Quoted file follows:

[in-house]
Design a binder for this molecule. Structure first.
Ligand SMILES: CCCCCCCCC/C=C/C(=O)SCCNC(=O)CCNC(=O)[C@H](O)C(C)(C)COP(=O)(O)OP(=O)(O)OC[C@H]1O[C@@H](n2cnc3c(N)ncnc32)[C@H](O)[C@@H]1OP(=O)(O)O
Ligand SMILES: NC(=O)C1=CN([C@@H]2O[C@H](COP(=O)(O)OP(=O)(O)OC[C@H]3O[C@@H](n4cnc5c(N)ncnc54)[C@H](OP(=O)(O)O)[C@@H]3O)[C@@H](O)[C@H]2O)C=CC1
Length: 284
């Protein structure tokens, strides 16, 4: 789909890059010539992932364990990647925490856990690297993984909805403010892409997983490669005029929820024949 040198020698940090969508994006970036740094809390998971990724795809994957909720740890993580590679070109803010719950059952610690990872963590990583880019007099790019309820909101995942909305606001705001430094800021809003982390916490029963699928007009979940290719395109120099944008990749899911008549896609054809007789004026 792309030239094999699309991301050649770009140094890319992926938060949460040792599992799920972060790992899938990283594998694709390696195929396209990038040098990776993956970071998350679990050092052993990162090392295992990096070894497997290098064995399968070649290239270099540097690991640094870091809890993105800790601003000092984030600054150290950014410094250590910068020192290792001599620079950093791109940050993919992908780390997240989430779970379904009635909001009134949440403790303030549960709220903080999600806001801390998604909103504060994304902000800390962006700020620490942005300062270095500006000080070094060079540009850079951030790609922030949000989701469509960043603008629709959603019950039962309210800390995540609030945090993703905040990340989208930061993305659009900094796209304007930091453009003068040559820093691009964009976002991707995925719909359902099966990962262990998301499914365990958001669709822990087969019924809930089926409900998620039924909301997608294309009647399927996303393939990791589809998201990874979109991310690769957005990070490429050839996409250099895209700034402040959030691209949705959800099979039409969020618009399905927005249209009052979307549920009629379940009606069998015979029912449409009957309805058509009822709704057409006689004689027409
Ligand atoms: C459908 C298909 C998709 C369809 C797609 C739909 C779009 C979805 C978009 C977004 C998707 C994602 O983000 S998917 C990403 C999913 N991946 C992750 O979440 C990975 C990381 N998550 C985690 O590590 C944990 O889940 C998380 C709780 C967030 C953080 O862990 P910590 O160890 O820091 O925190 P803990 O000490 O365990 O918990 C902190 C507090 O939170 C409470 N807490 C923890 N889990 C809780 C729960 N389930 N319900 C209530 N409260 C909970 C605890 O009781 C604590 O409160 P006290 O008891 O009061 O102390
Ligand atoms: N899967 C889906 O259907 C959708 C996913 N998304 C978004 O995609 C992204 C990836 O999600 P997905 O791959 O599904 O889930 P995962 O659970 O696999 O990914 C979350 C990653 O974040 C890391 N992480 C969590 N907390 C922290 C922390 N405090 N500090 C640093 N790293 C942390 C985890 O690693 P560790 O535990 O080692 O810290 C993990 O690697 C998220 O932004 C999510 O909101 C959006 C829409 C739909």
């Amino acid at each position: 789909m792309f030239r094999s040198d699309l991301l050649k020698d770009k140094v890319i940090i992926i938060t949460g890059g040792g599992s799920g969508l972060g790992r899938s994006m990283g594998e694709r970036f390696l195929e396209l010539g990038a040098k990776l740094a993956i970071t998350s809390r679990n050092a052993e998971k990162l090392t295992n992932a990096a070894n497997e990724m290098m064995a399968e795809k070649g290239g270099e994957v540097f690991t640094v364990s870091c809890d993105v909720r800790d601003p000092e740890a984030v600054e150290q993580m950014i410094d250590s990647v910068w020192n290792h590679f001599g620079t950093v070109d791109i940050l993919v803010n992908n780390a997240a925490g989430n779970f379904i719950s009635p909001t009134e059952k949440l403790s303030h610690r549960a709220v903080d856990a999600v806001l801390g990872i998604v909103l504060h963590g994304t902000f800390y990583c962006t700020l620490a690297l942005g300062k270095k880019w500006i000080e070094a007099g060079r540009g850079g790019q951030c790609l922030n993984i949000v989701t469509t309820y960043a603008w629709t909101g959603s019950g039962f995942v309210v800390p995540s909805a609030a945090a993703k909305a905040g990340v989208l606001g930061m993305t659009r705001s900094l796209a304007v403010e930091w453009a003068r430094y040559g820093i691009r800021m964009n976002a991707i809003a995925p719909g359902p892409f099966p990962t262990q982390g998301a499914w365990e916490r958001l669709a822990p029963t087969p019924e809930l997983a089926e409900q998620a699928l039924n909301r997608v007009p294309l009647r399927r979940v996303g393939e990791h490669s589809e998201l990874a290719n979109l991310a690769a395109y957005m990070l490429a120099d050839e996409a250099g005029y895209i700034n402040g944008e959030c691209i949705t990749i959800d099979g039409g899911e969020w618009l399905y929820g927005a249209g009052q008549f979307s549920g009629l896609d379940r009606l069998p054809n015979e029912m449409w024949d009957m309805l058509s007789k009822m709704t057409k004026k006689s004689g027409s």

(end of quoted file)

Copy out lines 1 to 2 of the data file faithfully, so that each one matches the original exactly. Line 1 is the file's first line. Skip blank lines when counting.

[in-house]
Design a binder for this molecule. Structure first.